Last week, French president Emmanuel Macron blocked the start of EU accession talks for Albania and North Macedonia, arguing that the Balkan states haven’t made enough progress to qualify and that the EU must reform internally before admitting new members.
His concerns were shared by the leaders of Denmark and the Netherlands.
They are not without merit. It would be naive to assume that decades of institutionalized corruption and crime, particularly in Albania, have been washed away over the course of a few years.
That said, progress has been made. North Macedonia’s name change is far from trivial. It represents a willingness to move on from the past. Albania has reformed its judicial system, encouraged by the prospect of membership.
If the French were so adamant about halting enlargement, they should never have made promises to Albania and North Macedonia in the first place.
Poland’s Andrzej Duda said it best: “Western Balkans states are taking part in a race that does not have a finishing line.” Read more
Arguments For and Against Macron’s Mercosur Threat
French president Emmanuel Macron has threatened to hold up ratification of an EU trade deal with Mercosur unless Brazil’s Jair Bolsonaro does more to fight fires in the Amazon Rainforest.
Canada, Finland, Ireland and the Netherlands have backed Macron up. Germany is less sure. Donald Trump is expected to side with Bolsonaro at the G7 summit this weekend.
Here are the arguments for and against the threat. Read more
Macron Doesn’t Need to Appease the Far Right
The worst argument against French president Emmanuel Macron’s latest EU reform push — made, among others, by the Russian-born Leonid Bershidsky, who writes for Bloomberg View from Germany, and the Dutch political commentator Peter van Nuijsenburg — is that it only provides ammunition for rival parties opposed to more European integration.
There are fair criticism to be made. Bershidsky also argues that Macron’s call for a European “renaissance” largely consists of adding more EU agencies and that what the bloc really needs is a shared Franco-German vision.
But the idea that less ambitious proposals, or no proposals at all, would appease the Euroskeptics is wrong. Read more
How Likely Is Macron’s European Renaissance?
In op-eds in newspapers across the continent, French president Emmanuel Macron has called for a renewal, or renaissance, of the European project.
It is his second big push for EU reform since his speech at the Sorbonne in September 2017.
At the time, I divided Macron’s proposals, which ranged from a common eurozone budget to a single European asylum office, into the difficult, doable and low-hanging fruit. (I didn’t get everything right; there is still no single European asylum policy but there will be a eurozone budget, if a much smaller one than Macron envisaged.)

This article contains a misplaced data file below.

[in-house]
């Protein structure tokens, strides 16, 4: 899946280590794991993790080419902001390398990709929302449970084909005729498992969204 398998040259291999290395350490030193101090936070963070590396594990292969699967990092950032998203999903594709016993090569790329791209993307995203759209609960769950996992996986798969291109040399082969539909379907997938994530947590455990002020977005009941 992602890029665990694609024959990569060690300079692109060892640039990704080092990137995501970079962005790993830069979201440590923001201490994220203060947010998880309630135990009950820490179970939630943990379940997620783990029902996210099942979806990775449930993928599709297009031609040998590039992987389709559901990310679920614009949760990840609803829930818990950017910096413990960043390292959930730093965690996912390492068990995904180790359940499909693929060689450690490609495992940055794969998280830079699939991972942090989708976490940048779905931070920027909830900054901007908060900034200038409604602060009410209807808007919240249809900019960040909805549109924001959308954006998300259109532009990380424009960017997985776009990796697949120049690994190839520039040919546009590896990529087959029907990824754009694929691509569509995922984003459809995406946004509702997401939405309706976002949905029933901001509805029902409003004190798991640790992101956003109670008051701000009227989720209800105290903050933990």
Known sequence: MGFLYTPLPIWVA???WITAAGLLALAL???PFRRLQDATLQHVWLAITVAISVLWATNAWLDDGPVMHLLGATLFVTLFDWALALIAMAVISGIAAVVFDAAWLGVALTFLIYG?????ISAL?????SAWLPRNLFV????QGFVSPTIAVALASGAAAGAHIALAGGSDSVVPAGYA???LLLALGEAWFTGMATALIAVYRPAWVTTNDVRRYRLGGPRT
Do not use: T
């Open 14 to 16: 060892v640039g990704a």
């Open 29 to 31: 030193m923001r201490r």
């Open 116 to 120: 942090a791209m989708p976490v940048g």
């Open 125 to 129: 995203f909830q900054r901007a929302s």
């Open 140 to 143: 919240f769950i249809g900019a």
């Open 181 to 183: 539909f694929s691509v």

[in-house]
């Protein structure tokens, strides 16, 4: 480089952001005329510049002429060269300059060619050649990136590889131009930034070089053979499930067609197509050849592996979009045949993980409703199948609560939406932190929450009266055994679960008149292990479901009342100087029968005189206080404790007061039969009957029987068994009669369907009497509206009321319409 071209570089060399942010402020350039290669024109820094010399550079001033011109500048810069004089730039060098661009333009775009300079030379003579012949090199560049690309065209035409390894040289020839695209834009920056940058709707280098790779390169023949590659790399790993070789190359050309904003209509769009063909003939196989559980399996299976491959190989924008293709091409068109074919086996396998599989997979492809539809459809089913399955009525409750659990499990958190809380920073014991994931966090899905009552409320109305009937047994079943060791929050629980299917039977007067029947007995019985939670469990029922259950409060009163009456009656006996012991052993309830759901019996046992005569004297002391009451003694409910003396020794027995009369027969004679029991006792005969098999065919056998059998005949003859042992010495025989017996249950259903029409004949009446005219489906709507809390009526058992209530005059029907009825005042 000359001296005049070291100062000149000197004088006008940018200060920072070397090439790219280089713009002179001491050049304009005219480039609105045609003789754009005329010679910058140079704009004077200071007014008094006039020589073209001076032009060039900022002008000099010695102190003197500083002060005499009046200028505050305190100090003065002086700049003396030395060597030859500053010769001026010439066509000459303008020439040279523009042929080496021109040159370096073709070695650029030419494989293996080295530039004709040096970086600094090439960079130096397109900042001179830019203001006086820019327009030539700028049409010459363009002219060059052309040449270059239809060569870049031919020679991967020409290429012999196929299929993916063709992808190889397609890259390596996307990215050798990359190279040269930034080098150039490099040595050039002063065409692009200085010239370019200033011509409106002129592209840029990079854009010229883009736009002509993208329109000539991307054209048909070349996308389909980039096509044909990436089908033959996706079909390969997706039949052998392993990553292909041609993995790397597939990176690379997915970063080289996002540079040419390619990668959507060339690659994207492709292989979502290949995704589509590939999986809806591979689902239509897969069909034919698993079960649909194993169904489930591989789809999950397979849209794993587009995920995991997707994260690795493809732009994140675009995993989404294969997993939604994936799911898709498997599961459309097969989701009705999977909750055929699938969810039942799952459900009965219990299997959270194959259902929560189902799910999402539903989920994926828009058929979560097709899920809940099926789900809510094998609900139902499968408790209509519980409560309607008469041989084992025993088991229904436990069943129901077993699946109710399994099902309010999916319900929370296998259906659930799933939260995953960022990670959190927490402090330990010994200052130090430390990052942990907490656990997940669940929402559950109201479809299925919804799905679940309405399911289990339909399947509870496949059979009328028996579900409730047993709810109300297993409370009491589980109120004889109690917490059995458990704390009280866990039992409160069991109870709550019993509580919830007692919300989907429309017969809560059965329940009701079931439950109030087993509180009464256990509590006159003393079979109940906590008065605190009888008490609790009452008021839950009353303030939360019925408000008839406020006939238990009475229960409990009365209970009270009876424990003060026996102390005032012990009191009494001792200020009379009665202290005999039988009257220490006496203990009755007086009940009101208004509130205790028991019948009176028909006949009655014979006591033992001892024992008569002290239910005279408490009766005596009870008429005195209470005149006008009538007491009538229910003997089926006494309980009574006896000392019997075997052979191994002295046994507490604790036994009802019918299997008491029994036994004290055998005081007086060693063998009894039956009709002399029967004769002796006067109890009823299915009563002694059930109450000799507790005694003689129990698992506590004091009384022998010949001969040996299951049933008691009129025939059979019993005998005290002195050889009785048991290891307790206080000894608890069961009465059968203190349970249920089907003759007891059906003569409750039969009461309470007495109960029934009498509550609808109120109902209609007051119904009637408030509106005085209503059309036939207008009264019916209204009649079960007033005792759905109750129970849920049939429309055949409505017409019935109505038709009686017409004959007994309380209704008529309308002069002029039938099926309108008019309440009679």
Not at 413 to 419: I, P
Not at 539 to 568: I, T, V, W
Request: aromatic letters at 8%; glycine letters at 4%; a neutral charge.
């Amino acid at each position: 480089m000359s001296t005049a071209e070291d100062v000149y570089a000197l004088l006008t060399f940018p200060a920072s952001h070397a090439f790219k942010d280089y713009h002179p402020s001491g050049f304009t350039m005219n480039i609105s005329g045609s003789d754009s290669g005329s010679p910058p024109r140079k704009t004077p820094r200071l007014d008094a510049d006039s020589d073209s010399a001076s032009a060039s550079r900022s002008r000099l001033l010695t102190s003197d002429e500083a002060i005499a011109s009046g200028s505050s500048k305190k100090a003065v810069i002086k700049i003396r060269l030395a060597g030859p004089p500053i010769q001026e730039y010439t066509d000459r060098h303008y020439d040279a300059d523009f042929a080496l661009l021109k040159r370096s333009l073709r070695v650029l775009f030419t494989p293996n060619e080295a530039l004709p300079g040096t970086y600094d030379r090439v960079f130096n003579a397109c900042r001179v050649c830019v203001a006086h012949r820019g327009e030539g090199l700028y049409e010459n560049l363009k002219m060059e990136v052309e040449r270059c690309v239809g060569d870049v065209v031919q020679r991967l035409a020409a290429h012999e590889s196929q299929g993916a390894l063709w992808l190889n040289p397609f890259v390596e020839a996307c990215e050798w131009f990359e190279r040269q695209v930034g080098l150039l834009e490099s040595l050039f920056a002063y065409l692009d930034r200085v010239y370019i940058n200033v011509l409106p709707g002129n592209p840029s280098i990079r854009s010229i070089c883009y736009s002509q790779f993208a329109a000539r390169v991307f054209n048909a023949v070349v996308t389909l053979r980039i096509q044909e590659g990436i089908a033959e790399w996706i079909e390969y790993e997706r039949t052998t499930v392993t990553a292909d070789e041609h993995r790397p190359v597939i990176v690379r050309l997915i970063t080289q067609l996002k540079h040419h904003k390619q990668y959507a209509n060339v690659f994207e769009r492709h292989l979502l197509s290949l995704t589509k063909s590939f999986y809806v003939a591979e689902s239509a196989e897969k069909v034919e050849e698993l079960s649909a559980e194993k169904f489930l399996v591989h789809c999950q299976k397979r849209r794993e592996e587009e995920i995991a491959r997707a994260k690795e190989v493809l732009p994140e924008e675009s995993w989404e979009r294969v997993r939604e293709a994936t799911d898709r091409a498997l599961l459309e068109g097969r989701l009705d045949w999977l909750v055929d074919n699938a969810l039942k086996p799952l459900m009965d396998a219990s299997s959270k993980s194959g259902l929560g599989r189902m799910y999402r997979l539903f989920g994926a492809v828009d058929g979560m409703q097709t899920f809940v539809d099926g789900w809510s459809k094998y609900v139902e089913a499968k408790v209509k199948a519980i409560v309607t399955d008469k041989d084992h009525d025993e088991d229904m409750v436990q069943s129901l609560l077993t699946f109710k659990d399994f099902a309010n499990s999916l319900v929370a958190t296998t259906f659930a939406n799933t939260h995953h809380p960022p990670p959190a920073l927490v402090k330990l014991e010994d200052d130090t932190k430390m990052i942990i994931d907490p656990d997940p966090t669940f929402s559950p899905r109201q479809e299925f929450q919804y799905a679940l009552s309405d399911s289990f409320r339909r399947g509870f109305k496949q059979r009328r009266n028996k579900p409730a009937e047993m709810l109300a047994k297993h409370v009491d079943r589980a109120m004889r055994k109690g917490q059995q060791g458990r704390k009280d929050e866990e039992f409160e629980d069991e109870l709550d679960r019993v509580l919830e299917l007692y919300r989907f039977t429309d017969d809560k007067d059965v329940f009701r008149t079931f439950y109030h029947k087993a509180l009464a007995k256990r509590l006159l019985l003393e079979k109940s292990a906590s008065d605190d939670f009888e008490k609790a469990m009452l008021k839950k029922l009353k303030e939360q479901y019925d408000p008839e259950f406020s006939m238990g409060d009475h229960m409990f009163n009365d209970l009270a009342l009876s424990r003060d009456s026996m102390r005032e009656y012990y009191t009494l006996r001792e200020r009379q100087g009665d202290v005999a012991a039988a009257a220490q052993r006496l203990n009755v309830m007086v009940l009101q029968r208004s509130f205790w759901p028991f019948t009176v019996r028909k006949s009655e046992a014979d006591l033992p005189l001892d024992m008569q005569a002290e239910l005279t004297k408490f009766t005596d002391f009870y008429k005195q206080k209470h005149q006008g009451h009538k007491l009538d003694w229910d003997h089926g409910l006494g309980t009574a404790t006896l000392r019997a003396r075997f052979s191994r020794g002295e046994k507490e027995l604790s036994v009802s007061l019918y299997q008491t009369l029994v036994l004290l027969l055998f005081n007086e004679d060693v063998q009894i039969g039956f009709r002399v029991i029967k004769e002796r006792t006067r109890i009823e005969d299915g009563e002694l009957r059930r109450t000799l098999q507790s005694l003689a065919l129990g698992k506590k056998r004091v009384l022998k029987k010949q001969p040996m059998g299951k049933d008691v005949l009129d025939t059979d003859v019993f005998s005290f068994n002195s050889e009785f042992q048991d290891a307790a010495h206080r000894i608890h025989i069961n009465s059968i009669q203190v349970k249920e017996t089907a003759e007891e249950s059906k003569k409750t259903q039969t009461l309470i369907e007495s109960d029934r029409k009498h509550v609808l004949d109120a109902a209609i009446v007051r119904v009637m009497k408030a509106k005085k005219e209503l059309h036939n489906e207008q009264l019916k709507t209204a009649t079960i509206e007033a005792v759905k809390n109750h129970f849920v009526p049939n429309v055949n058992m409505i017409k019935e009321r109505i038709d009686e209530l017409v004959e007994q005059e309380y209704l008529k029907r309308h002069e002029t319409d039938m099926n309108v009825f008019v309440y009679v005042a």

Commentators outside France have been predicting Emmanuel Macron’s downfall from the beginning of his presidency.
My own view throughout has been that unpopularity is unlikely to keep Macron up at night. He has been reforming France so thoroughly and at such a fast pace that he was bound to make enemies everywhere. He has a long-enough mandate (five years) to see his reforms bear fruit. And because both the center-left and center-right are in disarray, there is no strong opposition against him.
That threatened to change this winter, when opponents of a fuel-tax increase donned fluorescent yellow vests and took to the streets. Suddenly reactionary France had a movement. Polls showed massive support. Macron hastily canceled the tax hike, the first time he had bowed to public pressure. His political obituaries were being rewritten again. Read more
Fuel Tax Is Excuse for Reactionary France to Riot
Protests against a fuel tax increase in France have morphed into violent demonstrations against the presidency of Emmanuel Macron.
This weekend alone, 260 rioters were arrested in Paris, where cars were set ablaze and stores looted. A woman was killed in Marseille when a protester threw a tear gas canister through the window of her home.
The so-called Yellow Vests movement, named after the fluorescent safety vests French motorists are required to keep in their cars, started in opposition to higher taxes on diesel and gasoline. The increases are meant to help France meets its climate goals.
Diesel tax would rise 6.5 cents per liter, gasoline tax 2.9 cents. Leonid Bershidsky of Bloomberg calculates that the average motorist would end up paying €13 more per month. Hardly worth setting Paris on fire for.
The movement isn’t really about taxes then. It is that they have become a symbol for reactionaries who feel Macron has ignored them. Read more